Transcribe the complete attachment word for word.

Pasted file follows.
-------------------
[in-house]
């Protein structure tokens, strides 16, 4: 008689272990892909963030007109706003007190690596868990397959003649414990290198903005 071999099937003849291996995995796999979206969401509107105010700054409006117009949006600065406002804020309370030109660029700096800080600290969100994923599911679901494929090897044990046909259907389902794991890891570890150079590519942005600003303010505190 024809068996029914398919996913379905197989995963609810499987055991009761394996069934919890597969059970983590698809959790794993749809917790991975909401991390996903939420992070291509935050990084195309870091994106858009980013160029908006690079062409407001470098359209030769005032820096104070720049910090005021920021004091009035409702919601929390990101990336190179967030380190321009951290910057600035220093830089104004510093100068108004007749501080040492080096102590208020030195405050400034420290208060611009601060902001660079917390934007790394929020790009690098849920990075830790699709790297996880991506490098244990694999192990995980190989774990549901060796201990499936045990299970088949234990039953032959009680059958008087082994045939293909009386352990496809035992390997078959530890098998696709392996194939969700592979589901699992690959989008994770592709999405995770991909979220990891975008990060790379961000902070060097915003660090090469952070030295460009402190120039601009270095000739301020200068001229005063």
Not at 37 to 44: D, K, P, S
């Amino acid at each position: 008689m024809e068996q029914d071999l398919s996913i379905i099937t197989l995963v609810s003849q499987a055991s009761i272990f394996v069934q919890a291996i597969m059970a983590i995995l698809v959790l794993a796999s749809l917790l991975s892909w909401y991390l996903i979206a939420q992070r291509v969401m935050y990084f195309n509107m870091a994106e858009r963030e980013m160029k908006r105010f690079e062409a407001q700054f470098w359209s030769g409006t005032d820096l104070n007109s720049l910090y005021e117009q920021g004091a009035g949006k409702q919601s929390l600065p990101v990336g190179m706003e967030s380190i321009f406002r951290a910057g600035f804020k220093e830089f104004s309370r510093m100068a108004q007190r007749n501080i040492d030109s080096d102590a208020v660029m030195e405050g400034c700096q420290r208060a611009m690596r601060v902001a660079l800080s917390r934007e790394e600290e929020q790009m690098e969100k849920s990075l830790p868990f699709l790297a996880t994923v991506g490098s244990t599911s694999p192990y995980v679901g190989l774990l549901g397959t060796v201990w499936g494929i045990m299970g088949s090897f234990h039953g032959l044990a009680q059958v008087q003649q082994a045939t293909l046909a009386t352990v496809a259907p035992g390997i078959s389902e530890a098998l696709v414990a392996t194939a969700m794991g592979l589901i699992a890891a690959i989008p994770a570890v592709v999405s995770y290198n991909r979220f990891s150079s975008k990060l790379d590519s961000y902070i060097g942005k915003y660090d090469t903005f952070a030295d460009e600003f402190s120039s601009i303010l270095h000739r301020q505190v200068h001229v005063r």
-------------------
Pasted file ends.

[in-house]
């Protein structure tokens, strides 16, 4: 008689272990892909963030007109706003007190690596868990397959003649414990290198903005 071999099937003849291996995995796999979206969401509107105010700054409006117009949006600065406002804020309370030109660029700096800080600290969100994923599911679901494929090897044990046909259907389902794991890891570890150079590519942005600003303010505190 024809068996029914398919996913379905197989995963609810499987055991009761394996069934919890597969059970983590698809959790794993749809917790991975909401991390996903939420992070291509935050990084195309870091994106858009980013160029908006690079062409407001470098359209030769005032820096104070720049910090005021920021004091009035409702919601929390990101990336190179967030380190321009951290910057600035220093830089104004510093100068108004007749501080040492080096102590208020030195405050400034420290208060611009601060902001660079917390934007790394929020790009690098849920990075830790699709790297996880991506490098244990694999192990995980190989774990549901060796201990499936045990299970088949234990039953032959009680059958008087082994045939293909009386352990496809035992390997078959530890098998696709392996194939969700592979589901699992690959989008994770592709999405995770991909979220990891975008990060790379961000902070060097915003660090090469952070030295460009402190120039601009270095000739301020200068001229005063």
Not at 37 to 44: D, K, P, S
């Amino acid at each position: 008689m024809e068996q029914d071999l398919s996913i379905i099937t197989l995963v609810s003849q499987a055991s009761i272990f394996v069934q919890a291996i597969m059970a983590i995995l698809v959790l794993a796999s749809l917790l991975s892909w909401y991390l996903i979206a939420q992070r291509v969401m935050y990084f195309n509107m870091a994106e858009r963030e980013m160029k908006r105010f690079e062409a407001q700054f470098w359209s030769g409006t005032d820096l104070n007109s720049l910090y005021e117009q920021g004091a009035g949006k409702q919601s929390l600065p990101v990336g190179m706003e967030s380190i321009f406002r951290a910057g600035f804020k220093e830089f104004s309370r510093m100068a108004q007190r007749n501080i040492d030109s080096d102590a208020v660029m030195e405050g400034c700096q420290r208060a611009m690596r601060v902001a660079l800080s917390r934007e790394e600290e929020q790009m690098e969100k849920s990075l830790p868990f699709l790297a996880t994923v991506g490098s244990t599911s694999p192990y995980v679901g190989l774990l549901g397959t060796v201990w499936g494929i045990m299970g088949s090897f234990h039953g032959l044990a009680q059958v008087q003649q082994a045939t293909l046909a009386t352990v496809a259907p035992g390997i078959s389902e530890a098998l696709v414990a392996t194939a969700m794991g592979l589901i699992a890891a690959i989008p994770a570890v592709v999405s995770y290198n991909r979220f990891s150079s975008k990060l790379d590519s961000y902070i060097g942005k915003y660090d090469t903005f952070a030295d460009e600003f402190s120039s601009i303010l270095h000739r301020q505190v200068h001229v005063r």